Volkswagen Dumps More Money Into China

Bertel Schmitt
by Bertel Schmitt
volkswagen dumps more money into china
Volkswagen, China’s largest car brand, is undeterred by rumors that the Chinese might lose interest in foreign joint ventures. As someone who has been there since 1984, Volkswagen probably knows better. Volkswagen just said: “I see your 1.3 billion people and raise you by 1.6 billion.” Euros, to be invested into plants in China.According to a company statement, “Volkswagen has added 1.6 billion euros to its current investment program for China.”Last year, Volkswagen already decided to invest €4.4b into China. With the new total of €6b,VeeDub wants to out-build and out-sell the competition. The additional funds will be used for facilities at two new locations. As reported a few days ago, Volkswagen will build two plants in Southern China, where Volkswagen’s presence is thin at the moment. To keep matter balanced with their joint venture partners, one plant will be built with FAW, the other with SAIC. Both plants will add an annual output capacity of at least 200,000 units. They’ll need more capacity soon, their longer term target is to build and sell 2m units in China. Just to put it in perspective: All of Germany buy around 3m cars a year – in a normal year.In the first quarter of 2010, the Volkswagen Group delivered a total of 457,259 vehicles to Chinese customers, slightly under-performing the market with 60.9 percent growth. This was caused by capacity constraints which only will get more stringent until the new plants come on-line. China is Volkswagen’s new home market: They will easily sell more cars in China this year than in Germany.This year, the Volkswagen Group will launch seven new or updated models produced locally on the Chinese market.For those who want to keep track: The Volkswagen Group currently produces the following models in China: Volkswagen Polo (notchback and hatchback), Cross Polo, Lavida, Santana, Santana Vista, Passat New Lingyu, Touran, Tiguan LWB (long wheelbase), Golf, Golf GTI, New Bora, Jetta, Sagitar and Magotan as well as the Škoda Fabia, Octavia and Superb, and the Audi A4 L (long wheelbase), Audi A6 L (long wheelbase) and Audi Q5.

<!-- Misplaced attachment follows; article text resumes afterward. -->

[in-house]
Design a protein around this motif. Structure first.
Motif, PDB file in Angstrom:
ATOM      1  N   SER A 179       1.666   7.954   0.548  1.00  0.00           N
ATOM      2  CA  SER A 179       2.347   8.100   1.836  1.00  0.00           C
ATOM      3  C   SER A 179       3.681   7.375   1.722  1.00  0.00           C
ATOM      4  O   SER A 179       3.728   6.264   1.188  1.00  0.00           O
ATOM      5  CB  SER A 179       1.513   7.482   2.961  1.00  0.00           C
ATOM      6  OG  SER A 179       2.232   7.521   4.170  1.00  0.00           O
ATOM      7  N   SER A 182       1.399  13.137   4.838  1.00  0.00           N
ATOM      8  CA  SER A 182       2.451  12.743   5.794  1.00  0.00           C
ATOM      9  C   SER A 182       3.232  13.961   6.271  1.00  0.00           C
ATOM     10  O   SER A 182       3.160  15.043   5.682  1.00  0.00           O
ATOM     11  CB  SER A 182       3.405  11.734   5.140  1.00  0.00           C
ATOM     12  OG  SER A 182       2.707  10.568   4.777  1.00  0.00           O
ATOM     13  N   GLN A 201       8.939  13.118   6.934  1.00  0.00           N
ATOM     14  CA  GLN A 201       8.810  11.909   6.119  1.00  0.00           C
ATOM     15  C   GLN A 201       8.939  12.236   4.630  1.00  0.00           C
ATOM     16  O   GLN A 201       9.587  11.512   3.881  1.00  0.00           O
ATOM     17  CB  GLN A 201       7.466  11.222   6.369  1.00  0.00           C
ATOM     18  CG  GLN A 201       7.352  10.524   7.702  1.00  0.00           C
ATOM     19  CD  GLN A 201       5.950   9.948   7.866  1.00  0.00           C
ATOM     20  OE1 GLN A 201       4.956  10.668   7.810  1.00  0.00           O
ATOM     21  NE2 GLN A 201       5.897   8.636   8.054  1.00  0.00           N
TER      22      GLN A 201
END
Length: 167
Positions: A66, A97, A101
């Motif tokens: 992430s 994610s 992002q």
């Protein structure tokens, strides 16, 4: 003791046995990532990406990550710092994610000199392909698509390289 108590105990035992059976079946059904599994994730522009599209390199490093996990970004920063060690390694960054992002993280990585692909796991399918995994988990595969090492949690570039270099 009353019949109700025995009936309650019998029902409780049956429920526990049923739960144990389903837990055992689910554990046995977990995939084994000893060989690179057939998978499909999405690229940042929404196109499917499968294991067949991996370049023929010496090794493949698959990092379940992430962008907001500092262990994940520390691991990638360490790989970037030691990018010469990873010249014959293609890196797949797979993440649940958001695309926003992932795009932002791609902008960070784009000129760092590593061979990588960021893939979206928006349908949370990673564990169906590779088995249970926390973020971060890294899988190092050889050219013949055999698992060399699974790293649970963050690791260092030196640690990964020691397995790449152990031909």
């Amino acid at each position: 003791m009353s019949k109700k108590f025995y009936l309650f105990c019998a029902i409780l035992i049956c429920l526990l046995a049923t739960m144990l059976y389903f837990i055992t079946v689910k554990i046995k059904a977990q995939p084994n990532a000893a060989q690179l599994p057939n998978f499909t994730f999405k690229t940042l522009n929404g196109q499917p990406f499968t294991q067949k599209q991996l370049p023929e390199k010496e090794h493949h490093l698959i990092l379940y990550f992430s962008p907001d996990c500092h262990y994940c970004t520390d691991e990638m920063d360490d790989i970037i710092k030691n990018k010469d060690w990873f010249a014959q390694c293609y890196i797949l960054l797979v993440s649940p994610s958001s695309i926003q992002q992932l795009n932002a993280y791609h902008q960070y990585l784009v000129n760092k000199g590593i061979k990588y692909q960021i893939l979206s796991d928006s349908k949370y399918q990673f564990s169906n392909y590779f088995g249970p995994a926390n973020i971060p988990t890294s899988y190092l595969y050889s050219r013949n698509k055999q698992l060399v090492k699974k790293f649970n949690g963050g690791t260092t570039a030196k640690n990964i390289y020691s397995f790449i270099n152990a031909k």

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  • Dimwit Dimwit on Apr 26, 2010

    This is one wicked poker game. VW isn't going to get bluffed out of the game. The government is posturing and does hold one hell of pile of chips but doesn't hold ALL the cards. It's a big table and some of the players might not have the constitutions to stay in. As long as the game can be kept straight VW has a good chance to get a nice piece of the pot.

  • Undrgnd40 Undrgnd40 on Apr 26, 2010

    if you want to grow the bottom line you gotta go where the demand is.

  • ToolGuy Nice website you got there (even the glitches have glitches)
  • Namesakeone Actually, per the IIHS ratings, "Acceptable" is second best, not second worst. The ratings are "Good," "Acceptable," "Marginal" and "Poor."
  • Inside Looking Out "And safety was enhanced generally via new reversing lamps and turn signals fitted as standard equipment."Did not get it, turn signals were optional in 1954?
  • Lorenzo As long as Grenadier is just a name, and it doesn't actually grenade like Chrysler UltraDrive transmissions. Still, how big is the market for grossly overpriced vehicles? A name like INEOS doesn't have the snobbobile cachet yet. The bulk of the auto market is people who need a reliable, economical car to get to work, and they're not going to pay these prices.
  • Lorenzo They may as well put a conventional key ignition in a steel box with a padlock. Anything electronic is more likely to lock out the owner than someone trying to steal the car.